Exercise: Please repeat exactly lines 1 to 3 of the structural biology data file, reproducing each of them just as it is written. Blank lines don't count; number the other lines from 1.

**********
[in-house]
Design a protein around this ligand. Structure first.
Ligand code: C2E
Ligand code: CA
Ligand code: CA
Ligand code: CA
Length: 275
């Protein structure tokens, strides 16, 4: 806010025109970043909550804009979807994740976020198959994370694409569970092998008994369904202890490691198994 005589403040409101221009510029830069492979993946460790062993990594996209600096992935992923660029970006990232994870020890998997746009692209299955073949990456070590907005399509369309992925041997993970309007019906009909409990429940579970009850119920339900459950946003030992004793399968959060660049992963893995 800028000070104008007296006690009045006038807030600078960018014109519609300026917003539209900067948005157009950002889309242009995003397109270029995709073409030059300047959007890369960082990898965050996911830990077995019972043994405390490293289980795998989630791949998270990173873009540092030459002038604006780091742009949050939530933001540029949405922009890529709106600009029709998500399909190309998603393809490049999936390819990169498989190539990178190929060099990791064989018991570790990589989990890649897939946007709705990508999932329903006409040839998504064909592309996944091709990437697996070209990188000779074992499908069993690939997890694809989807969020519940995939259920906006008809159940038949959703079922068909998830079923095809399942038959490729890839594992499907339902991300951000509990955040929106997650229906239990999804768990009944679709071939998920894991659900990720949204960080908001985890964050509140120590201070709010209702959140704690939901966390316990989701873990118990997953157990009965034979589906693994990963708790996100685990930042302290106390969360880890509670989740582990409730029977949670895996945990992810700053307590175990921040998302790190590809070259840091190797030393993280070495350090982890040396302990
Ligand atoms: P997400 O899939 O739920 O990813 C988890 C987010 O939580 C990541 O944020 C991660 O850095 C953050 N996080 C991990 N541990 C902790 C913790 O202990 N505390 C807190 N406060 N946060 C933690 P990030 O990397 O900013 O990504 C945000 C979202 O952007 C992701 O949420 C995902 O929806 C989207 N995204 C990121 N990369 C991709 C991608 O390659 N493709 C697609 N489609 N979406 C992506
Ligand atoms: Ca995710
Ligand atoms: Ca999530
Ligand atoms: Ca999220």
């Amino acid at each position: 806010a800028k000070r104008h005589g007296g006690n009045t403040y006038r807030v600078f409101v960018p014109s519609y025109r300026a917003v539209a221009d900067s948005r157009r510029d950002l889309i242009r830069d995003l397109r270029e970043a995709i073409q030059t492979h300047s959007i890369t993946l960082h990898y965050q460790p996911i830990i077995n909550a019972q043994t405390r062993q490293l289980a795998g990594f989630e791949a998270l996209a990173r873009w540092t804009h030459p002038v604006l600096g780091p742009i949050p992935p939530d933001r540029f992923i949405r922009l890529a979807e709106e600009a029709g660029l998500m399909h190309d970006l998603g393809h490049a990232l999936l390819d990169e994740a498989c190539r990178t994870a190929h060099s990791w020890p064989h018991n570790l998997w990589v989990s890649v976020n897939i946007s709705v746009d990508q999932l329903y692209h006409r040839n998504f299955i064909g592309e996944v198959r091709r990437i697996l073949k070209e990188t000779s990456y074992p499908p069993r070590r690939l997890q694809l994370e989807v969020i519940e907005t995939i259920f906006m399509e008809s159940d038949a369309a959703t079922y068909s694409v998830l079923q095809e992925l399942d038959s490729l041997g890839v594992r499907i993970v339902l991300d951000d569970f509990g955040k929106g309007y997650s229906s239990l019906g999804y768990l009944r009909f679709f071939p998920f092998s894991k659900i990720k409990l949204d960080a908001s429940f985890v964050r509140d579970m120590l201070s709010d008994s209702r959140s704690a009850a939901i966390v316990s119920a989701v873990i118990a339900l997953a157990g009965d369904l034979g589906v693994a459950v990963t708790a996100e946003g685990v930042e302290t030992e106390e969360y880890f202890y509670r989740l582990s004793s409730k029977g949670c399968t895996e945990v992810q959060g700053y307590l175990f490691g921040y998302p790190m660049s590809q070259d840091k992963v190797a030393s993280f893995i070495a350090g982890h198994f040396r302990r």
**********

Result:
[in-house]
Design a protein around this ligand. Structure first.
Ligand code: C2E